US Spots China Engaged in Illegal Activity with North Korea

U.S. spy satellites have captured images of Chinese ships illegally selling oil to North Korea vessels on the West Sea 30 times in the past three months, according to a South Korean newspaper.

Ship-to-ship trades with North Korea on the high seas are forbidden under United Nations sanctions adopted in September. The U.S. Treasury Department also placed six North Korean shipping companies on a sanctions list on November 21.

But according to South Korea’s The Chosun Ilbo, satellites have captured large Chinese and North Korean ships gathering side by side and trading oil. The high-quality spy satellites even show the names of the vessels.

A South Korean government source told The Chosun Ilbo, “We need to focus on the fact that the illicit trade started after a U.N. Security Council resolution in September drastically capped North Korea’s imports of refined petroleum products.” 

The covert trading began shortly after the sanctions were introduced to limit North Korea’s oil supply, in a bid to stop Kim Jong Un from further expanding the country’s nuclear and missile defense systems.

China is North Korea’s main source of fuel. On Tuesday, Chinese customs data claimed that November marked the second consecutive month Beijing did not send gasoline or diesel to North Korea. The data suggested China was going above and beyond the sanctions imposed by the U.N. to cap oil supplies to North Korea.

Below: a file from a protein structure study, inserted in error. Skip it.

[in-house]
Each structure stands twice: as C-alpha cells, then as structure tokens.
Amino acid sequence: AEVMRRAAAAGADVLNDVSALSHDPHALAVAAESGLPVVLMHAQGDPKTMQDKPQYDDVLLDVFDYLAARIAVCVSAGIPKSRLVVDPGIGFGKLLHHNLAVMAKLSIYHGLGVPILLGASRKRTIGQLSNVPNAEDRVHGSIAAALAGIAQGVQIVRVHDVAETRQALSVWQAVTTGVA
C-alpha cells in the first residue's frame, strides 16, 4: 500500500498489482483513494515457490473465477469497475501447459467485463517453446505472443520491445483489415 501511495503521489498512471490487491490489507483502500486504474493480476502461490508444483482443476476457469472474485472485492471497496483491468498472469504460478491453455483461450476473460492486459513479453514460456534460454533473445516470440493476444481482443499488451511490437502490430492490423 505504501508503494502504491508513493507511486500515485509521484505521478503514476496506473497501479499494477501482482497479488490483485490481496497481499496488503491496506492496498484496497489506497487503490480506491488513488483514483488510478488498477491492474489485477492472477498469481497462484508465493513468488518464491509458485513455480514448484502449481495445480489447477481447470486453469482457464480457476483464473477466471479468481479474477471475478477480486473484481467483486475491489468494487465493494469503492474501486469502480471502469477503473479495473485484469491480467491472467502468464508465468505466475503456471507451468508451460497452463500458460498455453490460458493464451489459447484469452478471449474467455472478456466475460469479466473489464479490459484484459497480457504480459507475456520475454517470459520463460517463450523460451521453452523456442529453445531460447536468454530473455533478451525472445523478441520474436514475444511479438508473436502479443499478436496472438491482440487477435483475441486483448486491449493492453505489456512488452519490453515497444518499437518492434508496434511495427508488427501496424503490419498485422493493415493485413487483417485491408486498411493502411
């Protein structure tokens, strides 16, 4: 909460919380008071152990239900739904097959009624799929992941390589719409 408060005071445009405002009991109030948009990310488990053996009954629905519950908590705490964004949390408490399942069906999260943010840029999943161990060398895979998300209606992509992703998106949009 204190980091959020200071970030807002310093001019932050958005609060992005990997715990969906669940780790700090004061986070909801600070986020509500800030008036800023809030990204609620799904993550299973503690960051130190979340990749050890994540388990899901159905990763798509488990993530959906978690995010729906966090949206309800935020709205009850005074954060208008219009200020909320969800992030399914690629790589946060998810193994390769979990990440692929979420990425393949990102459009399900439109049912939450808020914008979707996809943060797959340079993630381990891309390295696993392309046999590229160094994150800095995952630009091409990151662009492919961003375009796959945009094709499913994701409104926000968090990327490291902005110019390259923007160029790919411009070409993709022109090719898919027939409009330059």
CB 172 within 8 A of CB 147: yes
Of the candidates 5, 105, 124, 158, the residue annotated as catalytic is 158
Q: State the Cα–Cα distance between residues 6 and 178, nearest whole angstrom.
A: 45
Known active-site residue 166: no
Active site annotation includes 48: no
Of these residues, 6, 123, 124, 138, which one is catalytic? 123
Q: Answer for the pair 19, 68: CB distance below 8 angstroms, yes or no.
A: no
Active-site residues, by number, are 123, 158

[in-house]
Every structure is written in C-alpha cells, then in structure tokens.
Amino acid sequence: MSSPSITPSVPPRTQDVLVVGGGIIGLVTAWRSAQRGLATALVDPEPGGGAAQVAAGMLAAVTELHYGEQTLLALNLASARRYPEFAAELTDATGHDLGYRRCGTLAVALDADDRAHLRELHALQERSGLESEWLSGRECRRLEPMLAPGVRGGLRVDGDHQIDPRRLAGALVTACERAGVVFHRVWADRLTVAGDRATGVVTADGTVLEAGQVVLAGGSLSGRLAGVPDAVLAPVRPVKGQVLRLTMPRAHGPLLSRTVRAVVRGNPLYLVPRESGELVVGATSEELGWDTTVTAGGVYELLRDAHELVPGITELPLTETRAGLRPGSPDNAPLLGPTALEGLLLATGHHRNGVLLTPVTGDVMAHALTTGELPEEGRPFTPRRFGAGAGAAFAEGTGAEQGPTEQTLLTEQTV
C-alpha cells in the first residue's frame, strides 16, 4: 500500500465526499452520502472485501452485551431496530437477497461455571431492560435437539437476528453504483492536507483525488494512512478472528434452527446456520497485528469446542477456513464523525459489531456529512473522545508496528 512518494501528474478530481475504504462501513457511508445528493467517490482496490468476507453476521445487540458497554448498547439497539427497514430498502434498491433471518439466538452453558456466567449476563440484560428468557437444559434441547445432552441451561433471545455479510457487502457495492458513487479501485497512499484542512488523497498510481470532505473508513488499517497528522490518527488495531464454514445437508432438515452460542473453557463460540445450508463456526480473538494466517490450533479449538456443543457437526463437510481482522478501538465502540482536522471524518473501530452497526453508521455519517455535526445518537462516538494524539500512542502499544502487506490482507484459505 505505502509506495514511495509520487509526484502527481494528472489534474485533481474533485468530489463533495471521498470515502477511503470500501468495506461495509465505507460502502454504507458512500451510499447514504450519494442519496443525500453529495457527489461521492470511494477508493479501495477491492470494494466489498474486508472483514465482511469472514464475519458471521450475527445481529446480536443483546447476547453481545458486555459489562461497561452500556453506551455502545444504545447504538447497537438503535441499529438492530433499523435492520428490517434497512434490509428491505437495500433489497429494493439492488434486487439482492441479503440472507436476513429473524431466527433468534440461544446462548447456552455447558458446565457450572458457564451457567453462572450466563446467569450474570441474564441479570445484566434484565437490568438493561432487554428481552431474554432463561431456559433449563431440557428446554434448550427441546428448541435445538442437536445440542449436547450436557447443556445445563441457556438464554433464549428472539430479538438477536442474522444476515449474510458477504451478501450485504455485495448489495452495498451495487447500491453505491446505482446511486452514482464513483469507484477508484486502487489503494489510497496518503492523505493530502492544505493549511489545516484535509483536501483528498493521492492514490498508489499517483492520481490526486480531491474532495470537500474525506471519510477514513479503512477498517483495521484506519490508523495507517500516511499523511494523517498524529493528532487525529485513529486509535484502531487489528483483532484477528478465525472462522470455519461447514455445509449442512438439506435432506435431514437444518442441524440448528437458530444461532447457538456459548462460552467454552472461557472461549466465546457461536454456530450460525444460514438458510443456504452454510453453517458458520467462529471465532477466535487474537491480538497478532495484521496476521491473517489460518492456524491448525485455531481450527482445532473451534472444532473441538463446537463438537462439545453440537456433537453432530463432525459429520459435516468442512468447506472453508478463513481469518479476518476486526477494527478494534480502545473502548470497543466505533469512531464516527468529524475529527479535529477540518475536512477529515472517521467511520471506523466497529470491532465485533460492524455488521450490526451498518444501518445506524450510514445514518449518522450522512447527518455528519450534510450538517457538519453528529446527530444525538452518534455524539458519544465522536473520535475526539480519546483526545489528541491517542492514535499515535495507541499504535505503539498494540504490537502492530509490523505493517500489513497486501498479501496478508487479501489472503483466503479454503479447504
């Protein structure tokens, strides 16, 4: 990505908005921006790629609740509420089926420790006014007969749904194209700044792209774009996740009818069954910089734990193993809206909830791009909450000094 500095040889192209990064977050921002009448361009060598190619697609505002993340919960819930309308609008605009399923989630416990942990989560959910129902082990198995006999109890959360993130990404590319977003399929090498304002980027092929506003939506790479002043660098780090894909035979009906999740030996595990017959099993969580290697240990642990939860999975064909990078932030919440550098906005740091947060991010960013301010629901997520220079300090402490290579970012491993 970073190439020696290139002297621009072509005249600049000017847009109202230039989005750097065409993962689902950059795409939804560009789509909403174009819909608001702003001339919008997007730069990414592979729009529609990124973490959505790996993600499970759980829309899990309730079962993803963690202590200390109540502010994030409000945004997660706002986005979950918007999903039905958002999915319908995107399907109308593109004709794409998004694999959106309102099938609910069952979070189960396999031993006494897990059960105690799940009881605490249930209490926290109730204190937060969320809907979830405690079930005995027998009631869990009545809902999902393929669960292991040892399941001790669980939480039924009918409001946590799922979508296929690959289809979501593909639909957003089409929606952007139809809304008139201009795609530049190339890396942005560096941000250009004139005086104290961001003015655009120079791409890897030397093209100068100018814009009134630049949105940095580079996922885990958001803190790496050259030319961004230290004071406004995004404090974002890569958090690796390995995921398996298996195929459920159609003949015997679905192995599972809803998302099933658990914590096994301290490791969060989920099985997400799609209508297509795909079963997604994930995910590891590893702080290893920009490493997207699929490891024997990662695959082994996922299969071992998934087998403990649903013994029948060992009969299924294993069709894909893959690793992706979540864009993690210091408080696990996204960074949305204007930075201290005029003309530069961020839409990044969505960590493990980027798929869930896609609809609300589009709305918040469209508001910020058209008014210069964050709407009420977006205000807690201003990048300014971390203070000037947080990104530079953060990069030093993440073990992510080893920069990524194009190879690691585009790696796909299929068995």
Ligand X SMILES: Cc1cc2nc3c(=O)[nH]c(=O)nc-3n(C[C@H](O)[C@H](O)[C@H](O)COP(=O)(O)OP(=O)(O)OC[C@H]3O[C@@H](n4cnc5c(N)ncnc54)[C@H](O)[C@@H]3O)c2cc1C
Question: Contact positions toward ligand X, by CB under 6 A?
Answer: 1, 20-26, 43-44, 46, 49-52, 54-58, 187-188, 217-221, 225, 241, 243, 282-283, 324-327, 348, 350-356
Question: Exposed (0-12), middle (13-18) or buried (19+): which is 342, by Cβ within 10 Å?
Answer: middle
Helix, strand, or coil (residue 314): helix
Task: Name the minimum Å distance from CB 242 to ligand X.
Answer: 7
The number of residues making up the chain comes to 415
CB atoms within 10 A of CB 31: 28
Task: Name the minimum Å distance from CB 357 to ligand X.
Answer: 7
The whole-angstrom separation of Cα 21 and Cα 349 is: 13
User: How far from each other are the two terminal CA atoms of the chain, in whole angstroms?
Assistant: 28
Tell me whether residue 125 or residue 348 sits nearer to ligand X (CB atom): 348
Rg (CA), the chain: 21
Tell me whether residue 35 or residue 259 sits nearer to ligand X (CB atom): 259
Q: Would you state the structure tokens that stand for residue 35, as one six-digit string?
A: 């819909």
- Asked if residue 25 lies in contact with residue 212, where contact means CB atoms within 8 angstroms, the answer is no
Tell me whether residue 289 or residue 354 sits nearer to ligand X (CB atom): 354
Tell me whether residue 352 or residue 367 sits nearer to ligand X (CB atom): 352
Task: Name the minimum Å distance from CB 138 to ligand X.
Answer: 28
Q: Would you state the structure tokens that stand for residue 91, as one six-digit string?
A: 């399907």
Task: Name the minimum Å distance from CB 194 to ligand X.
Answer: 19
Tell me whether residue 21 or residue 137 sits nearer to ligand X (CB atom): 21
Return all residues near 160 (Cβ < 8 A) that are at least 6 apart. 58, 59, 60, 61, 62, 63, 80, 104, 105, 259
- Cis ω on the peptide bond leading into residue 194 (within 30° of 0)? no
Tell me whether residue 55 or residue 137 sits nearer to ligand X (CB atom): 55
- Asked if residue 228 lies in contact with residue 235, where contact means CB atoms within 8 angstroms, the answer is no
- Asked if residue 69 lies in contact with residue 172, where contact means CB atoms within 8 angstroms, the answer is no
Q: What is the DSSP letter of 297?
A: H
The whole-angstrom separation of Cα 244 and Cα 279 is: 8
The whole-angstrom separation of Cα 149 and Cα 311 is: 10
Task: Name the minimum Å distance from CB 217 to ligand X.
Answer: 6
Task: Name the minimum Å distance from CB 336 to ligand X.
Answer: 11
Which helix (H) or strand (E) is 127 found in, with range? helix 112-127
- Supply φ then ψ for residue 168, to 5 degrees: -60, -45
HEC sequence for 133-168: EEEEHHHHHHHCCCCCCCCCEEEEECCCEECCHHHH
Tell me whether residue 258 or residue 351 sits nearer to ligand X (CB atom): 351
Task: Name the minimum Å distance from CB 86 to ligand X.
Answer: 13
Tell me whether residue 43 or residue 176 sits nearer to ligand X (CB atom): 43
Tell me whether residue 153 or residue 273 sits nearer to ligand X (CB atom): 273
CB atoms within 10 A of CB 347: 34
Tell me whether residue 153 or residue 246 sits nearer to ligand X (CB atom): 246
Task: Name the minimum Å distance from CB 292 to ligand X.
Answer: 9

It is unclear whether the Chinese government is giving permission for these illegal deals to occur, but the large quantities of oil being traded makes it unlikely that officials are oblivious to the West Sea transactions.

China’s Foreign Ministry spokeswoman Hua Chunying dismissed the reports on Wednesday. She told local press that she was not aware of The Chosun Ilbo article and then reminded the public that only ships on the Security Council list are completely banned from trade, The Financial Times reported.

“I want to ask you if these ships are on the list of the U.N. Security Council,” she said.

“If they are not on the list, then how can we be sure that they are violating Security Council resolutions? If there is solid evidence that Chinese persons have violated the Security Council resolution, then we will deal with this according to the law.”

Tucker BenedictComment